Neogenis Labs Proves That Low Testosterone May Not Be Responsible For Boomers’ Sexual Problems. Nitric Oxide Insufficiency Could Be the Culprit.
Neogenis Labs contends that nitric oxide insufficiency, not testosterone, is actually to blame for aging baby boomers' sexual issues. Nitric oxide is a naturally occurring molecule in our bodies. As we age, we lose our ability to produce it. Research reveals that this molecule controls erections in men and orgasms in women.
Austin, TX (PRWEB) April 28, 2012
As men age, often their sexual performance suffers. And somewhere along the way, testosterone got pegged as the problem. Dr. Craig Bowron, a primary care physician and renowned medical journalist, sums it up, “…the mere fact you’re having impotency and sex-drive problems doesn’t mean you have “Low T.” In fact, the majority of men with erectile dysfunction have Normal T but abnormal circulation or nerve function.”
Nathan Bryan, PhD, a professor and researcher at the Brown Institute of Molecular Medicine at University of Texas in Houston, agrees and suggests the reason men have more difficulty with erections as they age is insufficient nitric oxide, which causes the abnormal circulation. “Nitric oxide is one of the most important molecules in our body and we cannot live without it” says Bryan.
Nitric oxide (NO) is a naturally occurring molecule in our bodies, responsible for signaling our arteries to relax and stay flexible. Not surprisingly, as we age our bodies lose the ability to naturally produce the molecule. In fact, by the age of 40 we are making approximately half the amount we did in our 20s. The entire cardiovascular system relies on nitric oxide for sufficient oxygen and blood delivery, and it is well known that insufficiency results in high blood pressure, low energy and a host of other circulation-related problems – including erectile dysfunction. However, most people have never heard of this miraculous molecule. “The discovery of nitric oxide’s role in the body was awarded a Nobel Prize in 1998, but sadly many people, including physicians, are not aware of its importance,” says Dr. Bryan.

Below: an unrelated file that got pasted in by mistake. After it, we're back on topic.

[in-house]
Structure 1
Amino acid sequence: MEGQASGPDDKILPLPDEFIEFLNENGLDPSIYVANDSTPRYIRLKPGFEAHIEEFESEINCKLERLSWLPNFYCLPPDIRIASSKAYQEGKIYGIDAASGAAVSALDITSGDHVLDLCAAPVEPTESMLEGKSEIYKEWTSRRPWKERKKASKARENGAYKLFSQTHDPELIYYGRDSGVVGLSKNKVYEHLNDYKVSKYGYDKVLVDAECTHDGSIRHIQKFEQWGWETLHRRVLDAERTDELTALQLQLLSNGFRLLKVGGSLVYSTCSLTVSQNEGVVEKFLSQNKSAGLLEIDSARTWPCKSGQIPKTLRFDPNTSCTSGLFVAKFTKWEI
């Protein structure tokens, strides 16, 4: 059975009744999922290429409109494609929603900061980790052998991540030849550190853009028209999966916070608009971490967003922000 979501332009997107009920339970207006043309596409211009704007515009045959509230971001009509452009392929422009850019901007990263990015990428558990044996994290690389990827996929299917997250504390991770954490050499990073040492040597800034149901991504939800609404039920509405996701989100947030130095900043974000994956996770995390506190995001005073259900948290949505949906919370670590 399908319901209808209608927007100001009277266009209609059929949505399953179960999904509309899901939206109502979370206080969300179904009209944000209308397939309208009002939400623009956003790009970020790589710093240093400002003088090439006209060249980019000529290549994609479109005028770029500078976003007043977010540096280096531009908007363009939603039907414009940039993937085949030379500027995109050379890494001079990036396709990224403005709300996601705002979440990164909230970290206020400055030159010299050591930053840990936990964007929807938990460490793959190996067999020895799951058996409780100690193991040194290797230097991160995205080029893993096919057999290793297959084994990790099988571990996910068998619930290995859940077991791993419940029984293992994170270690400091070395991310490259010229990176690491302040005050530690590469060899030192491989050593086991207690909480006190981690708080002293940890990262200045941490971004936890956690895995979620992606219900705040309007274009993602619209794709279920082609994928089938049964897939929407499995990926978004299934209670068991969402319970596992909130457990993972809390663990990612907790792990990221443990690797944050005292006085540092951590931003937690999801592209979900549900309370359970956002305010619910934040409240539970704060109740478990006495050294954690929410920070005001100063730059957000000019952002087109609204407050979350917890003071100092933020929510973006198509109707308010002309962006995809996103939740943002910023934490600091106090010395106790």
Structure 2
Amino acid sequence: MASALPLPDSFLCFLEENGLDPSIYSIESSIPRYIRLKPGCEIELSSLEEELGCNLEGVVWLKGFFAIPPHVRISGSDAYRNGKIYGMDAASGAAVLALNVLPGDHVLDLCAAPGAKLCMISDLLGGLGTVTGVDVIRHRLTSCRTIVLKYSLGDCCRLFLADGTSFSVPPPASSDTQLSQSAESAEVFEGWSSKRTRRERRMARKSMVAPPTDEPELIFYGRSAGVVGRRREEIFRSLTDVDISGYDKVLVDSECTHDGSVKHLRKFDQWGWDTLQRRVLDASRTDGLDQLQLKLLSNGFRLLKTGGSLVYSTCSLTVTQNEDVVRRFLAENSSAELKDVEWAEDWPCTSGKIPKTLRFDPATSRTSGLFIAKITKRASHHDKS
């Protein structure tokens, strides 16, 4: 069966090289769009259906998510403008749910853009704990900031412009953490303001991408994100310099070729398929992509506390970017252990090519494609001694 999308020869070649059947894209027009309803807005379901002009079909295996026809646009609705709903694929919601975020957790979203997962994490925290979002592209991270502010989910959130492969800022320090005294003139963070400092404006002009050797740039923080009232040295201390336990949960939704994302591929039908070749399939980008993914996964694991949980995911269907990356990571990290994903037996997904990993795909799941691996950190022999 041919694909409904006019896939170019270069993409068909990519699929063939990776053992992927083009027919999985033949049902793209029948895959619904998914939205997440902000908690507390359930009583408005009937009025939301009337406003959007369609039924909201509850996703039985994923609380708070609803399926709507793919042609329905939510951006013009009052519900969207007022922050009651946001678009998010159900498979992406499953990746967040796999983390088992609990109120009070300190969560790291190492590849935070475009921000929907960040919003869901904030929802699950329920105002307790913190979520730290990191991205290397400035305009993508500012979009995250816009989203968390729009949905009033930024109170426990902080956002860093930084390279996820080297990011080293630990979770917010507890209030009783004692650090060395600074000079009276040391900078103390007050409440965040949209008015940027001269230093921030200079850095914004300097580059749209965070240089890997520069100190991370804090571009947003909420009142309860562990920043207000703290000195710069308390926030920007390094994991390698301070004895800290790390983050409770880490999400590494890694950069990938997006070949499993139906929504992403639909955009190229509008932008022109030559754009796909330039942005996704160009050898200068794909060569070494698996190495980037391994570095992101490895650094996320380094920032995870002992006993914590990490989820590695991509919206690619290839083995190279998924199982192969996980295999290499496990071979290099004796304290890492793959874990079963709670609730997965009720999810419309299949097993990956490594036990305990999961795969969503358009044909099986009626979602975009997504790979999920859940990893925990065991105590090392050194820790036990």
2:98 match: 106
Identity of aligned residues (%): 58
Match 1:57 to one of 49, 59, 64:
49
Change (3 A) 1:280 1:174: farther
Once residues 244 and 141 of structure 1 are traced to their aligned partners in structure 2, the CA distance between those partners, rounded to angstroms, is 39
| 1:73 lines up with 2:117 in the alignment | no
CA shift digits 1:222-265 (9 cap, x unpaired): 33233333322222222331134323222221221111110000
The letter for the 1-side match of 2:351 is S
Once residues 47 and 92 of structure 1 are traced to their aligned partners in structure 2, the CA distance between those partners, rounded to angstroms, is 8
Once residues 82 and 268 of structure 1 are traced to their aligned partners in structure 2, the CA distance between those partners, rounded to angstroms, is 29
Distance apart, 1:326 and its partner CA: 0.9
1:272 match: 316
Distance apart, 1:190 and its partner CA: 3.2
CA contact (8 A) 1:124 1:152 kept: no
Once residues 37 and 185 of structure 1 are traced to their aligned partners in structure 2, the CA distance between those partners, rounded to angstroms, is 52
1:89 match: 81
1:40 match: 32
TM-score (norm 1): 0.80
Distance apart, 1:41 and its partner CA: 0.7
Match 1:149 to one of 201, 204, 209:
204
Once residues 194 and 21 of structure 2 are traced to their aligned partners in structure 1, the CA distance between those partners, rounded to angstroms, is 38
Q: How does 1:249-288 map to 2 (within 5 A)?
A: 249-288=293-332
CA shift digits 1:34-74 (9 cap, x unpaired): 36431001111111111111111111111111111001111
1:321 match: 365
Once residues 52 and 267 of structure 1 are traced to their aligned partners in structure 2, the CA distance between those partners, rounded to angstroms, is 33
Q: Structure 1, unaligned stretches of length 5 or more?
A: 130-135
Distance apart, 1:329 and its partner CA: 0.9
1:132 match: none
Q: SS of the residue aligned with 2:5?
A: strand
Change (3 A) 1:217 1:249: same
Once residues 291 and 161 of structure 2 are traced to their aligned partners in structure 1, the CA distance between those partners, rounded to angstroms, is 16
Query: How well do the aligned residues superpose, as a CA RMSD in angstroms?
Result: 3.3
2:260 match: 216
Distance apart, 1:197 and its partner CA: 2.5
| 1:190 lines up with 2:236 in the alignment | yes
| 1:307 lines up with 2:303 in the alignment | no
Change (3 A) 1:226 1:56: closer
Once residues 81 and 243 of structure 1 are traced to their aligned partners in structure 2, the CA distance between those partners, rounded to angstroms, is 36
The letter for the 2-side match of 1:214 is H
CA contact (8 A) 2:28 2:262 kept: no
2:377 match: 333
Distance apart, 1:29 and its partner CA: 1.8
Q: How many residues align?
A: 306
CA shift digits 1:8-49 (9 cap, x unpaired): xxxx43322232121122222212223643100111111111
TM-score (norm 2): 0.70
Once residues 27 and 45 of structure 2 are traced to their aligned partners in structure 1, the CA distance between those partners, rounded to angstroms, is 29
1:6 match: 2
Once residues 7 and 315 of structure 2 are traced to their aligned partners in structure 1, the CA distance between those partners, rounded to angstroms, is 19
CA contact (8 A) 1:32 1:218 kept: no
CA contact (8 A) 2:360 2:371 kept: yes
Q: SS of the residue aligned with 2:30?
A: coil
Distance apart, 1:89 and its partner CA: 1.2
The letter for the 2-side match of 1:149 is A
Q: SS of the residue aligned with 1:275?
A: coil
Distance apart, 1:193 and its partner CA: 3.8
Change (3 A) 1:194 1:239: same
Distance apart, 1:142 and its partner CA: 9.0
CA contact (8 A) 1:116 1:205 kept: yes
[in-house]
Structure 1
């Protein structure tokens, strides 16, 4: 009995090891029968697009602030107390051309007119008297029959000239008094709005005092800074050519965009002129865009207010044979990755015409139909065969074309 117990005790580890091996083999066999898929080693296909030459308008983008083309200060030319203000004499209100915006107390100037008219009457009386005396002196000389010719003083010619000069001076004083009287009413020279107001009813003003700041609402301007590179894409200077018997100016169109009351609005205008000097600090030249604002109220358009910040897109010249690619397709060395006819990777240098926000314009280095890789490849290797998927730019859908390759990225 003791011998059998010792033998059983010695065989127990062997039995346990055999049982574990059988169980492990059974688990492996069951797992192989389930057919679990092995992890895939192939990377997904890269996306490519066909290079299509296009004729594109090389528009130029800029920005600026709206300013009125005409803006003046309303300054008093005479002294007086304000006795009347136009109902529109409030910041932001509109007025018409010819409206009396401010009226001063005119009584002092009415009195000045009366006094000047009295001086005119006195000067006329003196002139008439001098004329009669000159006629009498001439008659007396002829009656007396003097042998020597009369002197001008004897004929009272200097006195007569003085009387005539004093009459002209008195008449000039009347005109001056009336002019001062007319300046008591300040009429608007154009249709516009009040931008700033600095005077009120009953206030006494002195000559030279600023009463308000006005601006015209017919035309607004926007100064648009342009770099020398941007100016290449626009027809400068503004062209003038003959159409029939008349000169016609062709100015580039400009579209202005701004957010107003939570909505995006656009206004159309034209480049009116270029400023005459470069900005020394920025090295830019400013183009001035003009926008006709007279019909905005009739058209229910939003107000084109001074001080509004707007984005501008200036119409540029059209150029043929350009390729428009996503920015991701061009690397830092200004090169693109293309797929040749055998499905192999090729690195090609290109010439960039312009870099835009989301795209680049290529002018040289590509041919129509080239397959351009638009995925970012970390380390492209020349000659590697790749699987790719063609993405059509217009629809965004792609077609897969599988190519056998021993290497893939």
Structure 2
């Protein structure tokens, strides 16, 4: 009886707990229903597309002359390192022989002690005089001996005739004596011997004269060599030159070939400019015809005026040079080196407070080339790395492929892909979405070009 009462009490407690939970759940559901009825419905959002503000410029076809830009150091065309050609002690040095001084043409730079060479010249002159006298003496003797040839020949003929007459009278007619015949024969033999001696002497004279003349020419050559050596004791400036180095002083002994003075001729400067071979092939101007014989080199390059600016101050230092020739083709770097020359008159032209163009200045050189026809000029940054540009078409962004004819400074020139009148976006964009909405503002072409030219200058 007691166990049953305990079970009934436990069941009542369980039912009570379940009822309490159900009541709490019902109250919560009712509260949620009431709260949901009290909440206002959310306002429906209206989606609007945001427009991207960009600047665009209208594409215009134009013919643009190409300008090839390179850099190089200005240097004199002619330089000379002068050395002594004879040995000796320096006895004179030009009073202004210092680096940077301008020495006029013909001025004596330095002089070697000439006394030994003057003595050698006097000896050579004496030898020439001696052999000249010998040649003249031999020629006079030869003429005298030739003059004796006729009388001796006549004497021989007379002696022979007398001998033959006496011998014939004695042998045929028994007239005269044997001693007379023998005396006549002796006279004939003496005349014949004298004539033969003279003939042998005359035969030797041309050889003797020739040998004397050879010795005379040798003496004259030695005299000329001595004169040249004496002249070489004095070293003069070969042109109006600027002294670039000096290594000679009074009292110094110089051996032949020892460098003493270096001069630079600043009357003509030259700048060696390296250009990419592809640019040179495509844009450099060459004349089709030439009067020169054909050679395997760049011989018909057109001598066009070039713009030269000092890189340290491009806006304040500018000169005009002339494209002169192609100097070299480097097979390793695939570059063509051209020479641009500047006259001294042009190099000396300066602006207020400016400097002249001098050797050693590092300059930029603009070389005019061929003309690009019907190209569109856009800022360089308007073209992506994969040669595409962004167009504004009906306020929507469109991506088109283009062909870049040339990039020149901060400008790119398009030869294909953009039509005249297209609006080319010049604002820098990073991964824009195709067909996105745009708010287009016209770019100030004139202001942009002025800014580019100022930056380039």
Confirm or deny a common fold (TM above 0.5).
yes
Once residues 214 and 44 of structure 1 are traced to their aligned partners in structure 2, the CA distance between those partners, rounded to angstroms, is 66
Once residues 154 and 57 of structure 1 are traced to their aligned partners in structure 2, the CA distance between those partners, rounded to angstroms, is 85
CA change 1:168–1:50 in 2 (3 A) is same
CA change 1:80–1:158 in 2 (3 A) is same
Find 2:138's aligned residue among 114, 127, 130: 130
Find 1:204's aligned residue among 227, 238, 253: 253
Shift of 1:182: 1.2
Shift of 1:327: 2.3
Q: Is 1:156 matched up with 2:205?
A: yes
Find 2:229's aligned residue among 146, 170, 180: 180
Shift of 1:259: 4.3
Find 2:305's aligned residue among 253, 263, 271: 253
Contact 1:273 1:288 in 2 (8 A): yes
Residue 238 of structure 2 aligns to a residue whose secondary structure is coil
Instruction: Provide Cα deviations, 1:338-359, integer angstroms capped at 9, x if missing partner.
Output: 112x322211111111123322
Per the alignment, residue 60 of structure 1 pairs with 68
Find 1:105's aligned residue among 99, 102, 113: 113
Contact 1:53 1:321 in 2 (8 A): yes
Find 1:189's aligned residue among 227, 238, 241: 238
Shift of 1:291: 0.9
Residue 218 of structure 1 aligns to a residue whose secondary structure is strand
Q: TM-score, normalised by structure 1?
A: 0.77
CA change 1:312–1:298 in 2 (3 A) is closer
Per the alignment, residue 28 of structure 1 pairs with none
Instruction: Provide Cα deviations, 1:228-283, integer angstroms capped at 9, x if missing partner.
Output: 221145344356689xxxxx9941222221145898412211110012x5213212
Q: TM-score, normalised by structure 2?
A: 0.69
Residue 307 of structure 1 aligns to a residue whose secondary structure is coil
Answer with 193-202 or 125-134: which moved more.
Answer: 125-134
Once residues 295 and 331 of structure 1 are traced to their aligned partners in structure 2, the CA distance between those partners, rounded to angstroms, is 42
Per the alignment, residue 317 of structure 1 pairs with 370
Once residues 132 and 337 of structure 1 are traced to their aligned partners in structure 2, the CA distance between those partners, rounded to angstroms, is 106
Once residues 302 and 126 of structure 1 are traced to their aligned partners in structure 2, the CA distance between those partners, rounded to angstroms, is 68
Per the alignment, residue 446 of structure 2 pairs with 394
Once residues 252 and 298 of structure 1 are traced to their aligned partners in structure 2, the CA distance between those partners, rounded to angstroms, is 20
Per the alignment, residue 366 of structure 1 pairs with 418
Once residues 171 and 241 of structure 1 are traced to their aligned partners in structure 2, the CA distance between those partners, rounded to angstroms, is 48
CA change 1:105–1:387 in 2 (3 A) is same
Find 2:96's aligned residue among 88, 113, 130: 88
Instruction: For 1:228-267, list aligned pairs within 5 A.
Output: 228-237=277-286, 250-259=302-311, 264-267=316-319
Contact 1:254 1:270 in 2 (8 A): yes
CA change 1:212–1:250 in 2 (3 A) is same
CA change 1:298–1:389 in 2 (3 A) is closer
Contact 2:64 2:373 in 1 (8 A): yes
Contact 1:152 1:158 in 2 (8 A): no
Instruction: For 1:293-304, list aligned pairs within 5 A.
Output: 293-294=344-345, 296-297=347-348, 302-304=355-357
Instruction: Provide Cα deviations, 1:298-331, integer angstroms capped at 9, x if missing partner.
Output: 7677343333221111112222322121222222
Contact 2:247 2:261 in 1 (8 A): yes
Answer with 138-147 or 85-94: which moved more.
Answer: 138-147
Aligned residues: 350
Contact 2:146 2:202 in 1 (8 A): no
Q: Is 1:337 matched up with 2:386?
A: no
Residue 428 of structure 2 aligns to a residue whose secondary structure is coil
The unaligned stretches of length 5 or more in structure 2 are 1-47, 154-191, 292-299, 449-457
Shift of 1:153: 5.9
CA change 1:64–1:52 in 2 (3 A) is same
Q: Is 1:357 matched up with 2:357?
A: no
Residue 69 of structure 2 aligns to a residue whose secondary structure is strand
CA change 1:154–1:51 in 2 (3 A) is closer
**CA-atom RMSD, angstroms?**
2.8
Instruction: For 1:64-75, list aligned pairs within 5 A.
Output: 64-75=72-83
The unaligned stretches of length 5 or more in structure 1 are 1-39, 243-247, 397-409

Until recently, often the first sign of cardiovascular disease was the manifestation of a heart attack. Symptoms included shortness of breath, heavy chest, pain in the chest or jaw, or radiating pain or numbness in the arm. The heart attack and subsequent symptoms indicated that overt coronary artery disease had developed. At this stage in the game, it’s too late for most people. This concerning reality led to the discovery of more subtle cardiovascular warning signs that could be recognized sooner, enabling corrective measures and even reversal of the disease. “Cardiovascular medicine may have found its answer in erectile dysfunction (ED),” says Bryan. “We now know that sexual dysfunction is actually the first sign of insufficient NO production that sets the stage for the progression of heart disease.”
Erections are triggered by the body’s release of nitric oxide. Under normal healthy conditions, when stimulated for sexual activity, NO is produced in the penis that signals the blood vessels in the corpus cavernosum to dilate and accommodate more blood flow. It is engorgement from blood flow that causes and sustains an erection. Without sufficient NO production, there is poor circulation, thus no erection or a poor erection that cannot be sustained. In fact, this is the signaling pathway affected by phosphodiesterase inhibitors (PD5) such as Viagra and Cialis. They work to prevent the degradation of the signal that NO turns on. However without NO, many ED drugs will not work and that is the reason they are not effective in 100% of the population. Initially these drugs were being developed for heart disease before it was realized that they worked for sexual issues. However, this makes sense as both are a result of endothelial dysfunction and poor circulation. The same holds true true for women. Without proper blood flow to the clitoris, women cannot have orgasms or enhanced sexual sensitivity.
For more information on nitric oxide and to review Dr. Bryan’s research, visit http://www.neogenis.com.
For the original version on PRWeb visit: http://www.prweb.com/releases/prweb2012/4/prweb9449035.htm